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Gigapixel Reinforces Visual Details
Submitted by Carnegie Mellon University 2008/11/11

Researchers at Carnegie Mellon University, in collaboration with scientists at NASA's Ames Research Center, have built a low-cost robotic device called GigaPan that enables any digital camera to produce gigapixel (billions of pixels) panoramas.

Researchers at Carnegie Mellon University, in collaboration with scientists at NASA's Ames Research Center, have built a low-cost robotic device called GigaPan that enables any digital camera to produce gigapixel (billions of pixels) panoramas.


By the end of 2008, Carnegie Mellon University will release its new technology GigaPan to the general public. This technology gives people a new way to share detailed images of their surroundings. It is used by students to document their local communities, by leading scientists to conduct research, and by organizations such as Commonwealth of Pennsylvania and Roboto250 for educational purposes. To make sharing of GigaPan panoramas possible and easy, Carnegie Mellon launched a public Web site (www. gigapan.org) where people can upload, share and interactively explore panoramic images of any format.


"We have taken imagery and made it a new tool for exploration and for enhancing global understanding," said Illah Nourbakhsh, Associate Professor of Robotics at the Robotics Institute, School of Computer Science, Carnegie Mellon University, who led GigaPan's development with Randy Sargent, Senior Systems Scientist at Carnegie Mellon West in Moffett Field, California. "A picture makes it possible to cross linguistic barriers," Nourbakhsh explained. "But GigaPan provides so much information that it leads to conversations between the person who took the panoramas and the people who are exploring them and discovering new details."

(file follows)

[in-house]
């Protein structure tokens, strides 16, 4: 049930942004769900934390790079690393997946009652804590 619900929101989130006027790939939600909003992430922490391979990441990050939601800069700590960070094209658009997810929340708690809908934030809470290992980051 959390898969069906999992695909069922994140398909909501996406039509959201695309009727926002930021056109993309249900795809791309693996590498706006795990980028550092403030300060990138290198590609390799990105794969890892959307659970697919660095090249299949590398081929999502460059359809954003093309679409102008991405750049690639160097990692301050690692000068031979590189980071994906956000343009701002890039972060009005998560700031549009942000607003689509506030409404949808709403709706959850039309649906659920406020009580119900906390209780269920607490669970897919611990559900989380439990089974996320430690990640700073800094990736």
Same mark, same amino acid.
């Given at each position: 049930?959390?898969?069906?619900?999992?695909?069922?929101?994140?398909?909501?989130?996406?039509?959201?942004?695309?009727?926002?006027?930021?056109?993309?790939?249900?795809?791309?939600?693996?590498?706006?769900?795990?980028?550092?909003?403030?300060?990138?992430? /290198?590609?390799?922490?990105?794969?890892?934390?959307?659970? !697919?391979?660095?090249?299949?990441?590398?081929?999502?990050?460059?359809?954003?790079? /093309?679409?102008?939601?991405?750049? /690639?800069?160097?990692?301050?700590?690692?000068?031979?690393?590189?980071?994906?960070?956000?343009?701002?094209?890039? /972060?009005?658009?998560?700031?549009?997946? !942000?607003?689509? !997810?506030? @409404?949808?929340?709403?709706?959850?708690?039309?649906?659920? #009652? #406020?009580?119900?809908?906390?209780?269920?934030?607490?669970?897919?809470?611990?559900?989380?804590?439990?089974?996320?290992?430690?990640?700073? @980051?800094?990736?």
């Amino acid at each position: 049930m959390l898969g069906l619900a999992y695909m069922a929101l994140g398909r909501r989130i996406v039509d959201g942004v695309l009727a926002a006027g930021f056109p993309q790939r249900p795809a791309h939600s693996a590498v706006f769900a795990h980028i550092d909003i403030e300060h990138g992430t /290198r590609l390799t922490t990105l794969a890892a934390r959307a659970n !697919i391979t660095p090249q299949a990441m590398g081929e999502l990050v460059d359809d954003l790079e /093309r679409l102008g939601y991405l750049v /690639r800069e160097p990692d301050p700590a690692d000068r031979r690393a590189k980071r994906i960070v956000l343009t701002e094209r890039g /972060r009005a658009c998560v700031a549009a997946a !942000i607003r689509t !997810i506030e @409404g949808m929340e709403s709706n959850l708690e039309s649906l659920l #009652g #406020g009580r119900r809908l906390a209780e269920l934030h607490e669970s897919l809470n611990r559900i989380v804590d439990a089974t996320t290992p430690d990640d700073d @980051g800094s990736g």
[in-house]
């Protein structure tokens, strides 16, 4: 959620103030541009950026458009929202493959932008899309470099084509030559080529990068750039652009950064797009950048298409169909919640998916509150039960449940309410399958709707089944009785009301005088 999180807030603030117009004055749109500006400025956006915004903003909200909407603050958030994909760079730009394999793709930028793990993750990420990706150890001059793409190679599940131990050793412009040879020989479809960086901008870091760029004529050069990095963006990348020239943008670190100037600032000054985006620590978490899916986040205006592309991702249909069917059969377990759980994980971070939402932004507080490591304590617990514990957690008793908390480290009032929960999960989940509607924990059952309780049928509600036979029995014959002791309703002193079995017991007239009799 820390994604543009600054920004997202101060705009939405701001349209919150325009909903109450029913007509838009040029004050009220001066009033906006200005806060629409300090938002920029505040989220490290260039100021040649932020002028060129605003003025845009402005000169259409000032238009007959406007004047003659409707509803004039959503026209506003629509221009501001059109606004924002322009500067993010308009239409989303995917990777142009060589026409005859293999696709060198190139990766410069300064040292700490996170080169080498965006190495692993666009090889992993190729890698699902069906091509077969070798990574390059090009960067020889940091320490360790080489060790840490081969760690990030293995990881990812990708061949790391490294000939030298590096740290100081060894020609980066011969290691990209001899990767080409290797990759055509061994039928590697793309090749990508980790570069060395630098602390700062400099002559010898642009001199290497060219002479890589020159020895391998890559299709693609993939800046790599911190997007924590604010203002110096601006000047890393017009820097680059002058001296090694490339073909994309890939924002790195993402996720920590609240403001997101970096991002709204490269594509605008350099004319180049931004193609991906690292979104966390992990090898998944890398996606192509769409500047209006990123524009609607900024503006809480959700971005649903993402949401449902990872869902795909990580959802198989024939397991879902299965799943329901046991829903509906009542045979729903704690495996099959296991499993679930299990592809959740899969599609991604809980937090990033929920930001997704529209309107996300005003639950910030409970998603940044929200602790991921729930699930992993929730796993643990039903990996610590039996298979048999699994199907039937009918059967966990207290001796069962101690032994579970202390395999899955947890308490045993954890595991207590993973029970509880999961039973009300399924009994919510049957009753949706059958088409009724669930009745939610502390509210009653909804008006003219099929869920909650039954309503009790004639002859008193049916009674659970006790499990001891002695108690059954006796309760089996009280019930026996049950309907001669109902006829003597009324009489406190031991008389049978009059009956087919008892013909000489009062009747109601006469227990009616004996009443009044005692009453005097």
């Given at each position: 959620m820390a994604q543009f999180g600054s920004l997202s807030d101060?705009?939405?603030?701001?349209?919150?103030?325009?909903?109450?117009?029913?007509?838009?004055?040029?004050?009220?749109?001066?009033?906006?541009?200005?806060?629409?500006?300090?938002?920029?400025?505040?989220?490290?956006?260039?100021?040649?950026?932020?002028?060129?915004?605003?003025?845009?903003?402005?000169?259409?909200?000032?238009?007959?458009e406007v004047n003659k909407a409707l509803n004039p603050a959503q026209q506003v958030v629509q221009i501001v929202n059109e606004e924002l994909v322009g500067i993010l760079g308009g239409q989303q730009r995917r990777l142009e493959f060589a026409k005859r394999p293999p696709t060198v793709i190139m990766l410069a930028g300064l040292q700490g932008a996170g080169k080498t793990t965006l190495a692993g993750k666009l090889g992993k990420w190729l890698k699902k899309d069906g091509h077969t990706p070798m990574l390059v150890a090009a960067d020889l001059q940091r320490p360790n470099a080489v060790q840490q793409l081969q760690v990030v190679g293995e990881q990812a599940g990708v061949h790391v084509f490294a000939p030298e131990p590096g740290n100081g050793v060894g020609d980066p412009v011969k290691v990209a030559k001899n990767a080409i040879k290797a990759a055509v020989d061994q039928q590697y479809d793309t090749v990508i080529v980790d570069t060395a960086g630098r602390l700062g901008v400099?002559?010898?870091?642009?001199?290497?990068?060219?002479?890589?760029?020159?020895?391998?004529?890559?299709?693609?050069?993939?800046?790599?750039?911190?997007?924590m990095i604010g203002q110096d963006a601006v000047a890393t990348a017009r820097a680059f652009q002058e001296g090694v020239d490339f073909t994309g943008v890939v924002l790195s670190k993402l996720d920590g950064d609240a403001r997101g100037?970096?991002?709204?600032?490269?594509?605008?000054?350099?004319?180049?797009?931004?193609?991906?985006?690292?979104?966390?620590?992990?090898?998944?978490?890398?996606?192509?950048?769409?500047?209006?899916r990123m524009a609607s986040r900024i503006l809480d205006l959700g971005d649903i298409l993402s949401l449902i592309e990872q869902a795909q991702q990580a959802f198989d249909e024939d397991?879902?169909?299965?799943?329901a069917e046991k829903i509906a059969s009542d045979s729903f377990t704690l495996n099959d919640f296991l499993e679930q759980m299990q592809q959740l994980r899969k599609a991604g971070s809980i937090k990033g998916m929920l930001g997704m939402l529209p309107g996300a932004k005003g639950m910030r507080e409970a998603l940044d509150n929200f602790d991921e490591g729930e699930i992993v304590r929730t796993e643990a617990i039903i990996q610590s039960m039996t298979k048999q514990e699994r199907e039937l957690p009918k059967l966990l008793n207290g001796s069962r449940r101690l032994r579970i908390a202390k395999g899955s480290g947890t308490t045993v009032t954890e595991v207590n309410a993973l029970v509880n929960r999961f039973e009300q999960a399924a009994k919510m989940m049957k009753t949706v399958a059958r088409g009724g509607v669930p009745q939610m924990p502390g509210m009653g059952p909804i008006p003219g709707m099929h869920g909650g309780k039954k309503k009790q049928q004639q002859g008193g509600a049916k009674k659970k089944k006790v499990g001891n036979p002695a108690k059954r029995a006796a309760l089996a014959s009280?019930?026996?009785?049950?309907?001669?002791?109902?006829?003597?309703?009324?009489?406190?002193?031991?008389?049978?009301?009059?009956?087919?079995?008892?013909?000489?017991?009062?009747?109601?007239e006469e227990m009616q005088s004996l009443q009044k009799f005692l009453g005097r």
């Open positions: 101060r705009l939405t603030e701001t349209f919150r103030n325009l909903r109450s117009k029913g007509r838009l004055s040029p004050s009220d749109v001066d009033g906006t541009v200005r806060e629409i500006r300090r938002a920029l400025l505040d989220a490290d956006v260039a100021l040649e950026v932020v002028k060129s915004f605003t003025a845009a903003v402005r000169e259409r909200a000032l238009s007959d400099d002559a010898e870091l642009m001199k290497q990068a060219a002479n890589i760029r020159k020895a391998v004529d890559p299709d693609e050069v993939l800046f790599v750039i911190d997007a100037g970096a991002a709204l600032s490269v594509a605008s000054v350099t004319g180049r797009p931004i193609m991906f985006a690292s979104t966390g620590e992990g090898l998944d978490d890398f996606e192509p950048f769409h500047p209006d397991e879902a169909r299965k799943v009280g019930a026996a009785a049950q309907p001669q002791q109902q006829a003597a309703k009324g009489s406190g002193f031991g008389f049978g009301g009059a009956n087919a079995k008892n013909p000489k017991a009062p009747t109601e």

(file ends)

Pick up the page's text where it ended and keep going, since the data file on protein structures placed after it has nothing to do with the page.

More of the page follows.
Sargent got the idea for GigaPan when he was a technical staff member at Ames Research Center, helping to develop software for combining images from NASA's Mars Exploration Rovers into panoramas. He became convinced that the same technology could open people's eyes to the diversity of their own planet. "It's increasingly important to give people a broad view of the world, particularly to help them understand different cultures and different environments," he said. "It's too easy to have blinders on and to only see and understand what is local."


GigaPan's hardware technology is a robotic camera mount, jointly designed and manufactured by Charmed Labs of Austin, Texas. It allows any digital camera to take hundreds of overlapping images of landscapes, buildings or rooms. With the software developed by Carnegie Mellon and Ames, these images can be arranged and digitally stitched together into a single gigapixel image. The layer of GigaPan is created on Google Earth, with a zooming feature similar to Google Earth's.


Projects and Achievements
GigaPan is part of a larger effort known as the Global Connection Project, led by Nourbakhsh and Sargent. Its purpose is to make people all over the world more aware of their neighbors. Currently, Nourbakhsh and his colleagues are working with UNESCO's International Bureau of Education (IBE) and its Associated Schools Network on a project that will link school children in different parts of the world together to explore issues of cultural identity through a classroom project. Earlier accomplishments of Global Connection include the publication of the National Geographic magazine photography and story layer on Google Earth.

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